Jurgen Klinsmann has spent much of his year-plus at the head of the US national team talking about big ideas and expansive long-term goals.
A few gritty rounds of CONCACAF World Cup qualifying seem to have brought out the flinty realist in him, however.
The German-American coach shared his thoughts on the qualifying grinder and his team’s overall progress in a Q&A with ussoccer.com on Thursday. And while he claimed that the rigors of regional competition have been “pretty much what I expected,” and largely adhered to his optimistic outlook, it’s hard not to believe that he’s adapting his ambitious outlook to his current circumstances.
“They are very difficult games going into countries in the Caribbean and Central America,” said Klinsmann. “You have to adjust to the environments there. You have the crowd’s influence. You have refereeing that here and there may not be the way you want it. It’s difficult. It’s very physical and tough.
“You have to respond to it with the right attitude. You have to have respect for those teams. You have to battle them. You have to win your battles first before you play nice football.”
Remember, this is the same coach who proclaimed his desire to play flowing, “proactive” soccer and stand toe to toe with world powers. A week after suggesting in an ESPN.com interview that he would even “send a tall center back up front” and go Route-1 style if the US somehow found themselves chasing the game against Antigua and Barbuda next week, Klinsmann acknowledged his own on-the-job educational process.
“From a coaching perspective, I learned a lot about having games in Jamaica and Guatemala, so I know what to expect the next time I go in there,” he said. “Every coach goes through those learning curves. At the end of the day, we are here for points. We need to qualify for the World Cup, so we need to make sure the players understand the urgency of doing things.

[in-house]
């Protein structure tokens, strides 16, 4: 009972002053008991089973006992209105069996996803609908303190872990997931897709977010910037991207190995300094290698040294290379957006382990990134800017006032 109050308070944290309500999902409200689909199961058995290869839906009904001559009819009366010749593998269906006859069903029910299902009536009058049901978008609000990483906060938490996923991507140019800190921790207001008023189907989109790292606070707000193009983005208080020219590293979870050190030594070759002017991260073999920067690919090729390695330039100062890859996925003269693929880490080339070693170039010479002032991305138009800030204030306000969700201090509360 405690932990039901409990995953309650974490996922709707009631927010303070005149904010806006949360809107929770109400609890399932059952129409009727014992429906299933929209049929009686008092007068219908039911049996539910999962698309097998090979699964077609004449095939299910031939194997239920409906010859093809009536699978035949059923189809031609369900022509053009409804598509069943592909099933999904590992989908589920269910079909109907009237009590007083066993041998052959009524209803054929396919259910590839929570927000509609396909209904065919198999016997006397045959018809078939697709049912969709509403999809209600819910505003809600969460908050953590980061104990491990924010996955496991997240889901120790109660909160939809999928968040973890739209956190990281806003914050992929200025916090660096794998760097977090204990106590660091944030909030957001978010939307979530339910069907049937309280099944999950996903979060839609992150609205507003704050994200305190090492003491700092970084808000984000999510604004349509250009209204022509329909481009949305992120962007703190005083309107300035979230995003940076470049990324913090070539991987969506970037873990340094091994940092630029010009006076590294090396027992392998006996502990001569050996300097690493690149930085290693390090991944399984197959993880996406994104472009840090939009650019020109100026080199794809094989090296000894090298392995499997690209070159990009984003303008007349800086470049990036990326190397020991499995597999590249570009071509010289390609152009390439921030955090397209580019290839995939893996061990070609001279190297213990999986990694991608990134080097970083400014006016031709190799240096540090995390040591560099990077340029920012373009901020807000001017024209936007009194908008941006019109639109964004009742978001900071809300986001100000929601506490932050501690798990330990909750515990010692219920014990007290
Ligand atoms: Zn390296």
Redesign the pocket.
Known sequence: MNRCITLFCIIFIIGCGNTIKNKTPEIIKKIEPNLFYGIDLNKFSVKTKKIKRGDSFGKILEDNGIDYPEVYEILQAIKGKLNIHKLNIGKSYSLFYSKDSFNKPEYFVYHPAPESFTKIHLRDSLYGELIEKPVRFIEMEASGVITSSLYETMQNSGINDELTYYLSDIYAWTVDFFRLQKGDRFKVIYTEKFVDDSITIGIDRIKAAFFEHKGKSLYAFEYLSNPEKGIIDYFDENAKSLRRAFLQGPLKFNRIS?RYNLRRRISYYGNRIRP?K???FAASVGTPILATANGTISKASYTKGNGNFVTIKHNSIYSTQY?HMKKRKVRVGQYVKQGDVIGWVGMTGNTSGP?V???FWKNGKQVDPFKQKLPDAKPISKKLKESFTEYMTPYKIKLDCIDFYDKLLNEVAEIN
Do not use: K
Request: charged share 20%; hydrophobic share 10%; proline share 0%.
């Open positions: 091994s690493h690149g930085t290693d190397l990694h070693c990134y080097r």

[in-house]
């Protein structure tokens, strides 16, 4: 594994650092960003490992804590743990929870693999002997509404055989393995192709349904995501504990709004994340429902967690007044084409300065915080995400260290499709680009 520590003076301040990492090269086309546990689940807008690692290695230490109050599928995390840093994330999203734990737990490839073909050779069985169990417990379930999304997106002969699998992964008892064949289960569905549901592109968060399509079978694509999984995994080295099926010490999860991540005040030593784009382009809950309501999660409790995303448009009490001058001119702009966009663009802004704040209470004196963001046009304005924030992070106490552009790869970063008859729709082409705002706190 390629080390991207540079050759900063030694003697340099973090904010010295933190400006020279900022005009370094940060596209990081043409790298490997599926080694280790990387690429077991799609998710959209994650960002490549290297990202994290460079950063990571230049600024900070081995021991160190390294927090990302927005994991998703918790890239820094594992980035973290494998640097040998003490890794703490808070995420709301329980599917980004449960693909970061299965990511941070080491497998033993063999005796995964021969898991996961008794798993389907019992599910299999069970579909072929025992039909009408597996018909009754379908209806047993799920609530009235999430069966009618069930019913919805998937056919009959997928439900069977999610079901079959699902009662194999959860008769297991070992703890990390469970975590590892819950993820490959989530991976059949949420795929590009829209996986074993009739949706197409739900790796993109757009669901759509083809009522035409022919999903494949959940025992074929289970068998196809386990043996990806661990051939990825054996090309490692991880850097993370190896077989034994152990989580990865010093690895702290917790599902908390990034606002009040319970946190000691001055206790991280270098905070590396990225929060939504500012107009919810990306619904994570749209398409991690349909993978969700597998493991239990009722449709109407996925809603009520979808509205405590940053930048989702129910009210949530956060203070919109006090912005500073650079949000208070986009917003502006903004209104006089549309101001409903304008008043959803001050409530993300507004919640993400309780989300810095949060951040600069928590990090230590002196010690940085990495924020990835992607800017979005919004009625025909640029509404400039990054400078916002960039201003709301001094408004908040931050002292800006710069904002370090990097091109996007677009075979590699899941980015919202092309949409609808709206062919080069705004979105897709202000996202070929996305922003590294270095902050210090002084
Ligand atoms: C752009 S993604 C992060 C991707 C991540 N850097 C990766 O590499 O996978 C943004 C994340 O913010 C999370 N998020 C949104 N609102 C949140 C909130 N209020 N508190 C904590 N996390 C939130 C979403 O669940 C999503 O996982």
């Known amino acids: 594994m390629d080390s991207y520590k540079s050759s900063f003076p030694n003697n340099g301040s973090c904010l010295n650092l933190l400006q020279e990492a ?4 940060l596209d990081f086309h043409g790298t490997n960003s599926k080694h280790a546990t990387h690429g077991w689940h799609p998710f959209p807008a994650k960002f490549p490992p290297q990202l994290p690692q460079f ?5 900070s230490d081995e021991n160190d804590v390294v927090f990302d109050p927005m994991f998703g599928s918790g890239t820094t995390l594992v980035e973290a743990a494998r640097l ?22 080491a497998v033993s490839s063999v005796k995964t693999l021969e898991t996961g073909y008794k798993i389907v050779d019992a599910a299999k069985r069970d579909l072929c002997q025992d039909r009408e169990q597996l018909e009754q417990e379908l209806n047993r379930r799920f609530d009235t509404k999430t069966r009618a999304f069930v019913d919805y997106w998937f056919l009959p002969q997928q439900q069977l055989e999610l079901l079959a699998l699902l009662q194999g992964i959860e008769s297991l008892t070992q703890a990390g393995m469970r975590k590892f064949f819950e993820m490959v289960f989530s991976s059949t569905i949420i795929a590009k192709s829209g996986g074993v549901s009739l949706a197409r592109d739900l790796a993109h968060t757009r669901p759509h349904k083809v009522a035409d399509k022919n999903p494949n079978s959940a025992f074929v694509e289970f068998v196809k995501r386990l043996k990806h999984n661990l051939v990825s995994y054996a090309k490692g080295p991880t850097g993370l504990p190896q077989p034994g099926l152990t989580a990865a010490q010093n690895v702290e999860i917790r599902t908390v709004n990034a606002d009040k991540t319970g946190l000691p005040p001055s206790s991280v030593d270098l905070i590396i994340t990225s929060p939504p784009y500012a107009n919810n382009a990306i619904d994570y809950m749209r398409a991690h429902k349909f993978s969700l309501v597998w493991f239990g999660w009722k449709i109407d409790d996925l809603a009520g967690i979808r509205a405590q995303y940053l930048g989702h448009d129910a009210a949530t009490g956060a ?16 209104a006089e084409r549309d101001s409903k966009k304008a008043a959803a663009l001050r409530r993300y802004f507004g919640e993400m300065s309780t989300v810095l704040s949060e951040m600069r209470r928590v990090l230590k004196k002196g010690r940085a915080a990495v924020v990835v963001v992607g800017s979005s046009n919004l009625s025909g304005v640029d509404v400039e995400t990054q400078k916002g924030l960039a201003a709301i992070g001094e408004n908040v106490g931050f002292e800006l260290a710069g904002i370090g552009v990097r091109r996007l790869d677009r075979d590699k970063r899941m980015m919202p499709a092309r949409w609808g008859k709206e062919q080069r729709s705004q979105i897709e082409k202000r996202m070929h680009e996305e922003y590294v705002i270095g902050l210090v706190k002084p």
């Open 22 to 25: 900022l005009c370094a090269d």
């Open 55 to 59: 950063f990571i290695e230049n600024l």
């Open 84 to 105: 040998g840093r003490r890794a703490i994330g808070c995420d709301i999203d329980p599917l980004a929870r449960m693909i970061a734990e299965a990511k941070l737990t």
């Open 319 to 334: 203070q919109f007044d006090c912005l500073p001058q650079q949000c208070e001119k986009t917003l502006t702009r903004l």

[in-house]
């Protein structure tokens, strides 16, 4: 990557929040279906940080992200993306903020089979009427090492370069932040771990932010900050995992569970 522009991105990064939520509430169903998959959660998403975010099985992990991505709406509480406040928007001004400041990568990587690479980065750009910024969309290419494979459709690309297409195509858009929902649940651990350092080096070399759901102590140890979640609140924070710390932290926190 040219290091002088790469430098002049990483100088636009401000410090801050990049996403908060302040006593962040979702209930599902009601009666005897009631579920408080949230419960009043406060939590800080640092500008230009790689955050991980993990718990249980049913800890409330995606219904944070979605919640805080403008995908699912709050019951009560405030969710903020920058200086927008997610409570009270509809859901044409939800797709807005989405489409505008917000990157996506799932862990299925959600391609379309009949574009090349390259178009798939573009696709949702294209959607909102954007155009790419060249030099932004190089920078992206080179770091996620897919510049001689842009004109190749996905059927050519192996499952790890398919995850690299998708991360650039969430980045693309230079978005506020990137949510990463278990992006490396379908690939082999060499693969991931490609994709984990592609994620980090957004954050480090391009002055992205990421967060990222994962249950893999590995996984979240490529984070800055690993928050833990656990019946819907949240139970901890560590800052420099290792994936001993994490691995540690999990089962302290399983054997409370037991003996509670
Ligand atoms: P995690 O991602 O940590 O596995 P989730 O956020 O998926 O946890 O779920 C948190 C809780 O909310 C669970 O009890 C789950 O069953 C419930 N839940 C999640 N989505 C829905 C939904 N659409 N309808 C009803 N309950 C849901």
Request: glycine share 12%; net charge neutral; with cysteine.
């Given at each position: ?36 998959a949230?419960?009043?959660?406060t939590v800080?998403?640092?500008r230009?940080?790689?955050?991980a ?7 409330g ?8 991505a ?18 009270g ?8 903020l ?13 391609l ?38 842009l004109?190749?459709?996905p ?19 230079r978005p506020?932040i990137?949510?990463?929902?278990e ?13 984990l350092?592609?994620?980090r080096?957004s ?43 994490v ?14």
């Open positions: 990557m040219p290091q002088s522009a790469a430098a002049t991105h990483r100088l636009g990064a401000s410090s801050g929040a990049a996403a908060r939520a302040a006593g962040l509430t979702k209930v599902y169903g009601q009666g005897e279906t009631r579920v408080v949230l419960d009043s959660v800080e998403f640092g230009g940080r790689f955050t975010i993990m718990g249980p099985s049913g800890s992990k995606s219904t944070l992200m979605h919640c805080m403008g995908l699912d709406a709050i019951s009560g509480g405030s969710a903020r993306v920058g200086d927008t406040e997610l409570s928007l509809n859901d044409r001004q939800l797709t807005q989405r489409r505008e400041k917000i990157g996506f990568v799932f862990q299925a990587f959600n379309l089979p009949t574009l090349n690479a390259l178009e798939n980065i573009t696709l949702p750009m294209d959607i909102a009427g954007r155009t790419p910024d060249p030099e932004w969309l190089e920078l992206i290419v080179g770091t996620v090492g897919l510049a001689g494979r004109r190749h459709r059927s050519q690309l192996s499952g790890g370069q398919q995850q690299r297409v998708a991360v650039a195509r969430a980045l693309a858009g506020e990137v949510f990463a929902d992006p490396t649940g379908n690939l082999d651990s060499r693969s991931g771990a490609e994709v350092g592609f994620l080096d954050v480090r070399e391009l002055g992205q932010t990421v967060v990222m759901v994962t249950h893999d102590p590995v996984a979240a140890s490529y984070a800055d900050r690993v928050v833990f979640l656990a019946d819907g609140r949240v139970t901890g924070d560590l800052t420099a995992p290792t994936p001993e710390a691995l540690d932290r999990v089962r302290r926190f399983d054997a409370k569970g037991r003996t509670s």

“Going into these last two qualifying matches of the first group stage, it’s really important that the players understand from the first second on that we have a sense of urgency in everything we do.”
Comparing CONCACAF’s underdogs to the awkward UEFA minnows his German national team wrestled past during qualification efforts in his own playing career – including a tight home victory over Wales that nearly kept Die Mannschaft out of the 1990 World Cup that they eventually won – Klinsmann acknowledged the underrated challenges that US teams perennially encounter in their own backyard.
“You have to explain to people that even if you are on paper the big favorite, for your opponent the game against the United States is the game of the year, and maybe the game of the decade,” he said.
“If you take just five percent off the gas, you will struggle. They will come away with a tie, they might beat you. It is important that the players must understand there is no easy game on the agenda. There is no such thing. Soccer is unpredictable. You can mess up again with one set piece, and then they bunker themselves in and you do not find a way through that wall and you lose 1-0 and wonder why afterwards.”
US fans can only hope that Klinsmann and his squad make sure that feeling, which befell them after last month’s upset loss to Jamaica, doesn’t return any time soon.